3 Repentance and Humility

There was an acknowledgement that humble repentance is a necessary precondition to bold evangelism. In each part of the Communion there is a need for the Church to repent of its past and present sins, and this is an on-going process which may in some cases involve restitution.

4 The Role of Lay People

The central role of the laity in evangelism was strongly affirmed. There is a need not merely to give tasks to lay people, but rather, to empower them by truly delegating authority and encouraging and enabling them to get on with the job in their homes, places of work and daily lives. The important role of women in witness was particularly highlighted. In many parts of Africa, especially West Africa, women lead the Church's mission in its social and spiritual aspects, largely through the work of Mothers' Union.

5 A Church Open To All People

Local congregations/Christian communities need to become more welcoming, nurturing and open to all people. They also need to provide neighbourhood, house-oriented or 'cell' groups which newcomers can join. The hierarchical structures of our Anglican Church need to be modified to allow a more equitable sharing of responsibilities.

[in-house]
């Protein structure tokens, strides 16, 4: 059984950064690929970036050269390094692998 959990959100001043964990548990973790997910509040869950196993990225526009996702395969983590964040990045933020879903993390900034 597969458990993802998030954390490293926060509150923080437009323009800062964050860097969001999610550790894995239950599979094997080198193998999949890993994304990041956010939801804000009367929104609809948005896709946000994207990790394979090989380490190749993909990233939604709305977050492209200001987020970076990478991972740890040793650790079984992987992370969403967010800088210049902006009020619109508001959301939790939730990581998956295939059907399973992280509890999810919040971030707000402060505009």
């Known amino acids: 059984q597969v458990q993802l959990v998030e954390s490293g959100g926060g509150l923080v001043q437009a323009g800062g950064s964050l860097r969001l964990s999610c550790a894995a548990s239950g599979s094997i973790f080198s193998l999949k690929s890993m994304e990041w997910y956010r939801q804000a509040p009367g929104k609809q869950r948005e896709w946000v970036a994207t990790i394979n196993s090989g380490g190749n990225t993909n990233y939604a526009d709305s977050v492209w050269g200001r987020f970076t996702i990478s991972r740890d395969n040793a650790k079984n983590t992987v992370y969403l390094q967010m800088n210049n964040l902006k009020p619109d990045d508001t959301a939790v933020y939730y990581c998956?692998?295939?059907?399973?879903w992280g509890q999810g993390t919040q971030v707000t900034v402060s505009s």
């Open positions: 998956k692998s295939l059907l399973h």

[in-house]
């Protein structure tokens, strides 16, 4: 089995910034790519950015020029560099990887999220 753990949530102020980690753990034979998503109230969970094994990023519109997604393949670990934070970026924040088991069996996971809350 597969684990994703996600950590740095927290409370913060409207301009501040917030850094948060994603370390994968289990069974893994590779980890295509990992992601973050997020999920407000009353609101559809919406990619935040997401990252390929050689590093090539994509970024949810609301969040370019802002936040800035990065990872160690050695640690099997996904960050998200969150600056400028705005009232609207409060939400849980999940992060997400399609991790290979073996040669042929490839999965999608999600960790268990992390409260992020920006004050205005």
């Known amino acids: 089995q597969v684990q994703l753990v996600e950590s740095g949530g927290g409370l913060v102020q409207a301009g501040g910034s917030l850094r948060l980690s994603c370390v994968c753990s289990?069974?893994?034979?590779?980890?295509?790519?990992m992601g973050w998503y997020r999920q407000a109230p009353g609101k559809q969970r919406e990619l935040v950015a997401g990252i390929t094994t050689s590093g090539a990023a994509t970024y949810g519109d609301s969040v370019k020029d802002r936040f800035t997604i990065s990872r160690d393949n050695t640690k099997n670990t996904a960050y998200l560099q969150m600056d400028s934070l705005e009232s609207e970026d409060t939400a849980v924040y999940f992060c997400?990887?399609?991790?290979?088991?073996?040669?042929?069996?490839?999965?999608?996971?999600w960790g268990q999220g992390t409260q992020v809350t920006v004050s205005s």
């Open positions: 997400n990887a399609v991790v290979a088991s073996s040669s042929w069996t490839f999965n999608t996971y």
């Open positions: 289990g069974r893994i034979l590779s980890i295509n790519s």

6 Leadership and Visioning

Delegates called for strong and prophetic leadership from the bishops of the Communion. There is a need for bishops to demonstrate their commitment to evangelism, and to articulate a clear evangelistic vision.

7 Youth

There was a strong call to explore and harness ways of ministering with the youth, both implementing whatever changes are needed in order to attract youth, as well as the need for affirming and encouraging youth in the work of evangelism and in their spiritual and moral formation.